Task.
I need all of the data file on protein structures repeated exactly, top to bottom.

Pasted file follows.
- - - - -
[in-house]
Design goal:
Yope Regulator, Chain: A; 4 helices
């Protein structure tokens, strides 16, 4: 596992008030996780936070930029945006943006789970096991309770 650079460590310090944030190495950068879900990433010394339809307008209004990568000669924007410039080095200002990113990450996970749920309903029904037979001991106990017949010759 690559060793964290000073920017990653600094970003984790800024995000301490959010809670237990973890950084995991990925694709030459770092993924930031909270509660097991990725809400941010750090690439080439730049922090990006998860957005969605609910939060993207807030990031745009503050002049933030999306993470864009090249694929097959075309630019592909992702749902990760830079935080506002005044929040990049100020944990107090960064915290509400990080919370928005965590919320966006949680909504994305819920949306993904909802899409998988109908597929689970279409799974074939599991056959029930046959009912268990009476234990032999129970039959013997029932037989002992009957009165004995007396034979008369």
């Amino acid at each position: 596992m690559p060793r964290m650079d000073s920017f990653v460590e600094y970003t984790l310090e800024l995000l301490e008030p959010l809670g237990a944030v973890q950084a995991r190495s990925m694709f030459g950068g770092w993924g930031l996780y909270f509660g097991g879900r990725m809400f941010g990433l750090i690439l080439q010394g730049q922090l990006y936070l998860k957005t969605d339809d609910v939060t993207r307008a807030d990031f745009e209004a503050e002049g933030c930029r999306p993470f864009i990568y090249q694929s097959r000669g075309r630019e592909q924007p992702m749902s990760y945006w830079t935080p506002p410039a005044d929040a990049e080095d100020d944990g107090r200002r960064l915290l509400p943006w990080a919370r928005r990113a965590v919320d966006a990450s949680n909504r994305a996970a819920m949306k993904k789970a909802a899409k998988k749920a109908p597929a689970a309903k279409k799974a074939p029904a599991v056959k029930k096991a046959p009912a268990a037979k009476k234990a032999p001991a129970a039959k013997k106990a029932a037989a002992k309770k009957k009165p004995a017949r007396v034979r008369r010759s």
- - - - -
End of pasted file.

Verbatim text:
[in-house]
Design goal:
Yope Regulator, Chain: A; 4 helices
């Protein structure tokens, strides 16, 4: 596992008030996780936070930029945006943006789970096991309770 650079460590310090944030190495950068879900990433010394339809307008209004990568000669924007410039080095200002990113990450996970749920309903029904037979001991106990017949010759 690559060793964290000073920017990653600094970003984790800024995000301490959010809670237990973890950084995991990925694709030459770092993924930031909270509660097991990725809400941010750090690439080439730049922090990006998860957005969605609910939060993207807030990031745009503050002049933030999306993470864009090249694929097959075309630019592909992702749902990760830079935080506002005044929040990049100020944990107090960064915290509400990080919370928005965590919320966006949680909504994305819920949306993904909802899409998988109908597929689970279409799974074939599991056959029930046959009912268990009476234990032999129970039959013997029932037989002992009957009165004995007396034979008369």
């Amino acid at each position: 596992m690559p060793r964290m650079d000073s920017f990653v460590e600094y970003t984790l310090e800024l995000l301490e008030p959010l809670g237990a944030v973890q950084a995991r190495s990925m694709f030459g950068g770092w993924g930031l996780y909270f509660g097991g879900r990725m809400f941010g990433l750090i690439l080439q010394g730049q922090l990006y936070l998860k957005t969605d339809d609910v939060t993207r307008a807030d990031f745009e209004a503050e002049g933030c930029r999306p993470f864009i990568y090249q694929s097959r000669g075309r630019e592909q924007p992702m749902s990760y945006w830079t935080p506002p410039a005044d929040a990049e080095d100020d944990g107090r200002r960064l915290l509400p943006w990080a919370r928005r990113a965590v919320d966006a990450s949680n909504r994305a996970a819920m949306k993904k789970a909802a899409k998988k749920a109908p597929a689970a309903k279409k799974a074939p029904a599991v056959k029930k096991a046959p009912a268990a037979k009476k234990a032999p001991a129970a039959k013997k106990a029932a037989a002992k309770k009957k009165p004995a017949r007396v034979r008369r010759s």